So I know this blog’s name is The Writer’s Block.
But I didn’t choose that because I actually suffer from it. (No. I just thought it a cute play on words.)
From time to time, however, I get writer’s paralysis, I guess I’d call it. I have snippets of ideas and phrases and story starts all swimming around inside, but I find it terribly difficult to put them together and coax them out.
I always am writing and rewriting in my mind, as my husband is always playing music in his.
When this happens, I have a few tricks to unleash my subconscious and trigger the writing.
It’s been a year since I’ve written over here.
It’s been a few months since I’ve blogged, period.
Anyway, I was getting a little bit homesick, I guess you’d say. And I have an idea.
I think I’m going to do something with this blog that I probably should have done almost four years ago.
Talk (almost) exclusively about writing. That kind of goes with the name and is certainly a passion of mine. I’ll still blog from time to time about faith and family at Look In Your House.
So, if you’re curious, you may want to stick around for more writing-focused posts.
I have a new blog.
It’s called Look In Your House. I invite you to check it out, subscribe, and tell your friends. Every new subscriber from now until January 31 will be entered to win a great Winter Survival Kit, full of my favorite Melaleuca products.
I’ve been wanting a more niche-focused blog for almost a year now. It’s just taken this long for me to figure out exactly what it would be. It’s not 100% perfect just yet, but I’m giving up perfection! I want it to be in full swing by January 1, so I’m just going with it. (Aren’t you proud of me?)
I’ll still be here writing from time to time, but the bulk of my efforts in the new year will be at Look In Your House.
See you over there! (Leave me a comment and let me know what you think.)
Last week as I was working on my MacBook, it froze. When I tried to reboot, the computer offered me a white screen. I couldn’t get it up past the white screen.
I didn’t panic because I knew the guys at the Genius Bar at the Apple store could help me.
Oh sure, I could tell you that I love the sleek, clean, and streamlined look and feel of my MacBook and my iPod Touch. And I do. Oh, I do. I could also tell you about my love for the intuitive navigation around Mac OS. I may also bring up the fact that I don’t worry about viruses. And, it’s true. All of these things endear me to the Mac camp.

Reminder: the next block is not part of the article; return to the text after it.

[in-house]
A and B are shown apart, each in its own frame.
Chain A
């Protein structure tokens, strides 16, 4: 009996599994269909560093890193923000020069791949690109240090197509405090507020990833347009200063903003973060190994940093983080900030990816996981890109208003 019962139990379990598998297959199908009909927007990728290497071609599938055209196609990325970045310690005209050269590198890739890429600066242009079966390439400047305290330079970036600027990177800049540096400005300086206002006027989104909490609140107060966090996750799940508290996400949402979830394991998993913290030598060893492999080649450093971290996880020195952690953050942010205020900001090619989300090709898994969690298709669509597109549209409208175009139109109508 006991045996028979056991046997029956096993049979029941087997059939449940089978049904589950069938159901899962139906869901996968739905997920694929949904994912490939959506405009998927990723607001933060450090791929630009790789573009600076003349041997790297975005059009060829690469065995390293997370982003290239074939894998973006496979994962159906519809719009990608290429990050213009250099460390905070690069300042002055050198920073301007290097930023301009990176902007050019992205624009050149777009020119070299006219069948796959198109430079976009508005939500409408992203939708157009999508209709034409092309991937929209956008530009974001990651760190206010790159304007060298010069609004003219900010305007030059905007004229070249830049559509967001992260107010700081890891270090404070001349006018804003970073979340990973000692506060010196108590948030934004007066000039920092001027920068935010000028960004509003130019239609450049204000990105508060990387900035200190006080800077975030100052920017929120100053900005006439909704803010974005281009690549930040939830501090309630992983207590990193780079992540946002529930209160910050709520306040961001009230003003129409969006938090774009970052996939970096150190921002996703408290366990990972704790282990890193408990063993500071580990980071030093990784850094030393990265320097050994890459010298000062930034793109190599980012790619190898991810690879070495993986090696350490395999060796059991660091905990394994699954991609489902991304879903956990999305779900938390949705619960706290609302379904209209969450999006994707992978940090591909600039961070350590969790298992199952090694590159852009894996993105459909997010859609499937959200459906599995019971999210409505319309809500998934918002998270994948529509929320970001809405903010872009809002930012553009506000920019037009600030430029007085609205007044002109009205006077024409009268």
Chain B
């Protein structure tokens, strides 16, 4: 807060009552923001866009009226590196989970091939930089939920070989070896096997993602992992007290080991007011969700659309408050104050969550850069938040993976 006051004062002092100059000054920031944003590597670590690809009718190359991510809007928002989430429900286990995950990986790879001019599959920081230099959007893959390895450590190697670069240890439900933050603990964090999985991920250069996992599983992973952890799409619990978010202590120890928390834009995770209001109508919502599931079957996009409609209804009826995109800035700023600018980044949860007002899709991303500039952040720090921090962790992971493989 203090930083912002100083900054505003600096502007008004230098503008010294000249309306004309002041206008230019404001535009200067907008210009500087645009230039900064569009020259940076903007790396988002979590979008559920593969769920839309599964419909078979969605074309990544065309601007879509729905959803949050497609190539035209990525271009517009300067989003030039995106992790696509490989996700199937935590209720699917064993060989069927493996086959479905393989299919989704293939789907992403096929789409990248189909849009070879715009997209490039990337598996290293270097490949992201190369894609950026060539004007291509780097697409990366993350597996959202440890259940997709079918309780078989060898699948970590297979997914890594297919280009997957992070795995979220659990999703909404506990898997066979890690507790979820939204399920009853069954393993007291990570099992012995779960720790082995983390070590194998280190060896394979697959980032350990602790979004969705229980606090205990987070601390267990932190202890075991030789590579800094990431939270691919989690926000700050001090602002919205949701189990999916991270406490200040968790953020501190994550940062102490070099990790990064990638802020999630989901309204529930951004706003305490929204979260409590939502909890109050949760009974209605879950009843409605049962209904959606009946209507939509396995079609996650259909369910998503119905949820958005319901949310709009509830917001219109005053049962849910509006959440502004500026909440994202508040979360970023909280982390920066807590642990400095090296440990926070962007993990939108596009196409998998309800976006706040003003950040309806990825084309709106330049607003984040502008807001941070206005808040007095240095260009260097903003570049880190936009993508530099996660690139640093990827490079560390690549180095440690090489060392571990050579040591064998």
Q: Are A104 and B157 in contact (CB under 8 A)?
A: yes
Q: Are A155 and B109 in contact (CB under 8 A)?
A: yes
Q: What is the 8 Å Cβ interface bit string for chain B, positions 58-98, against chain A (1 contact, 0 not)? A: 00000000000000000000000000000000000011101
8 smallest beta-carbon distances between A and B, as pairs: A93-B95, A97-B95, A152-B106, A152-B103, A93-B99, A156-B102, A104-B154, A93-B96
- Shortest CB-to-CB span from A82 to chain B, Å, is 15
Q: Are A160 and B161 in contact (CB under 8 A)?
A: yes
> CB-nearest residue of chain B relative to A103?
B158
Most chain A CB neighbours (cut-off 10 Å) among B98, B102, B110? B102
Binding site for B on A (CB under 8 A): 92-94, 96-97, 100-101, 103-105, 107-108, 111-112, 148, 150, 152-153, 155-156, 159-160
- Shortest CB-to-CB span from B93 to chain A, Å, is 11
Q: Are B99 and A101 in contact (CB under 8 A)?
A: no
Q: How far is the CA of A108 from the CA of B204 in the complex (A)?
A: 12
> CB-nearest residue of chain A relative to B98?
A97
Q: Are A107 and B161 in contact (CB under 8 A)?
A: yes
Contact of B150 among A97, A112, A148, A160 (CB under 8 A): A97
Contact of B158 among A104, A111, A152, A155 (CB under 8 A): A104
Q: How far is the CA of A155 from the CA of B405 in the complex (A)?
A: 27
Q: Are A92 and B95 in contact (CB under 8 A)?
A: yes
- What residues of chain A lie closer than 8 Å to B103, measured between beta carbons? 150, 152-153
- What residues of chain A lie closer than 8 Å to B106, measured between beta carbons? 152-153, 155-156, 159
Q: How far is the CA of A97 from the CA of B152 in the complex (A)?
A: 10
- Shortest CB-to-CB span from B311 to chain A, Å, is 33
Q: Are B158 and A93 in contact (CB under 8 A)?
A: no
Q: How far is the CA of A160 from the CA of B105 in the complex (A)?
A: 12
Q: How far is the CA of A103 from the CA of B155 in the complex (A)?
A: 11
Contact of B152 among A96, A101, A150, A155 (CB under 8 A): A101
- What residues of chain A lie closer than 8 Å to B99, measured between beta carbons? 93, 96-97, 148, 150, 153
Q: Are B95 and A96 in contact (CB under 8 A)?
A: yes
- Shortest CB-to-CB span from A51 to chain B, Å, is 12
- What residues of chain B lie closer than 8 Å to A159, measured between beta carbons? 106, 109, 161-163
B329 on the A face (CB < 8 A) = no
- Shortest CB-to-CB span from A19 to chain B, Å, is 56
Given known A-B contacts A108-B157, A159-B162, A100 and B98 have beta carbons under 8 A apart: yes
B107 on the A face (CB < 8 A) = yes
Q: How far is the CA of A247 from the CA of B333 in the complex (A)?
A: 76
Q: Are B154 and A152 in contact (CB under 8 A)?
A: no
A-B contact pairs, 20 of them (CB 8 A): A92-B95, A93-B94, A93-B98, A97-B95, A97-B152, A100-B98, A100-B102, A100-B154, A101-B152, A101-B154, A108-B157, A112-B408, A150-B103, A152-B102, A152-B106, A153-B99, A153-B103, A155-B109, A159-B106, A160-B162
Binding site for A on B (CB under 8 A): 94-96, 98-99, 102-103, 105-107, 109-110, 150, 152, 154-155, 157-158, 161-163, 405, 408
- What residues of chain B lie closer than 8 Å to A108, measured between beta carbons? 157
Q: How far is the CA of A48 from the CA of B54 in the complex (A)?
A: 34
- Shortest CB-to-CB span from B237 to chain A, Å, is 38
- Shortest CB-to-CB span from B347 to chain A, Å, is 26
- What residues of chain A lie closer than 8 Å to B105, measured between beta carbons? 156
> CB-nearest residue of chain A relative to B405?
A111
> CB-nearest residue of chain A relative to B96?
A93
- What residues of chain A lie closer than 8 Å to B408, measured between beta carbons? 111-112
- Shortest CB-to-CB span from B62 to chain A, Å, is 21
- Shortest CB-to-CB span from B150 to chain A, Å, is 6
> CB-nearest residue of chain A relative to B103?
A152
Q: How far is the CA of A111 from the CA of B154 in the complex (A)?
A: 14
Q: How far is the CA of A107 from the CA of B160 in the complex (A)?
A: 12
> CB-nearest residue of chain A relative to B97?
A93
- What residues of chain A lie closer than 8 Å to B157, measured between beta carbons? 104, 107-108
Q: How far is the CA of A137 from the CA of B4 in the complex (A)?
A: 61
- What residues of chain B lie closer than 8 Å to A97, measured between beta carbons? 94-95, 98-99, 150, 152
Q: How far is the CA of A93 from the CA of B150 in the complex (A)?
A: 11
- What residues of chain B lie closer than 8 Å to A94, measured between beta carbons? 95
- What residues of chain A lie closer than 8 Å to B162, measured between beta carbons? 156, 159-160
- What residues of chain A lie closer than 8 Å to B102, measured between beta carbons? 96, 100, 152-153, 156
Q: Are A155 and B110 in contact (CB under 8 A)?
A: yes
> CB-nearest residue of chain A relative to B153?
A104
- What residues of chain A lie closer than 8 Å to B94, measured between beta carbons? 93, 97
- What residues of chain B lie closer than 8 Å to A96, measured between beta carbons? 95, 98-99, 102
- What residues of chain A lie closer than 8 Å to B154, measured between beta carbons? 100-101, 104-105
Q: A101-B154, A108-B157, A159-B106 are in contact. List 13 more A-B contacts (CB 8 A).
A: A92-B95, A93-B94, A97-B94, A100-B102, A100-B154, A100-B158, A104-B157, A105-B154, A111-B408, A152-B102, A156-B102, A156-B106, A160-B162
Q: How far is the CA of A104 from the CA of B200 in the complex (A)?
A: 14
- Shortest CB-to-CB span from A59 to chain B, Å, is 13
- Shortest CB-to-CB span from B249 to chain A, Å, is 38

But it’s access to unparalleled customer service that makes me so satisfied.
The Genius at the Bar last week helped me with my MacBook and its white screen. A few checks and he pronounced: “a failed hard drive.”* The computer was out of warranty, so replacing the hard drive and restoring it to factory settings (now almost 4 years old), would cost about $230.
“But,” he said, “you could change out the hard drive yourself, and I’ll show you how.”
Would you believe, he totally walked me through everything I needed to do to order the hardware, install it, and order, upgrade, and install memory? All of that for $100! He said that once I had all of the new upgrades in place, I’d have the equivalent of the latest and greatest machine.
I was blown away at his forthright and candid help, his patient instruction, and his keeping my best interests at heart.
As I thanked him profusely, I declared loudly, “This is why I’m a Mac customer. And this is why I’ll always be a Mac customer.”
And you know what? I did it. I replaced (and upgraded) my MacBook’s hardware and memory—and saved $100-something doing it myself!
Thanks, Genius Bar.
I majored in broadcast journalism in college. I spent oodles of time working on my voice and fretting the fact that everyone thought I looked 12 on camera. But I had the good sense enough to chase after the thing that really mattered: becoming a better writer.
I didn’t land on the nightly news (which is a topic for another post entirely), but I do write every day. In fact, I’ve made some money writing over the years. I still have the very first “book” I wrote from the first grade. I have always been a writer and will always be a writer.
When I interned at WSMV Channel 4, I’d tag along with reporters on their news stories. More than anything, I wanted to mimic their good habits so that I, too, could become a better writer. On the way to a story, riding in the news car, I’d wait for a break in the conversation and ask, “What advice do you give for being a better writer?”
I’ve been thinking a lot about that lately. This past weekend, I attended a blow-your-socks-off conference on apologetics (I’ll post more about the conference later). Among the things that astounded me was the level of scholarship these speakers exuded. The men I heard were smart. Very smart. Extremely well-read and studied. Quite articulate, excellent story-tellers, compelling wordsmiths.
I was confronted with my steady diet of Spongebob, CNN news headlines, and Seinfeld re-runs. Really. Just soaking up the knowledge in these men’s brains and being asked to track with them was invigorating and convicting.
So what makes a good writer? I offer my suggestions (from a mix of that aspiring television journalist in the early 90s and a worn-out mother of three in the 21st century):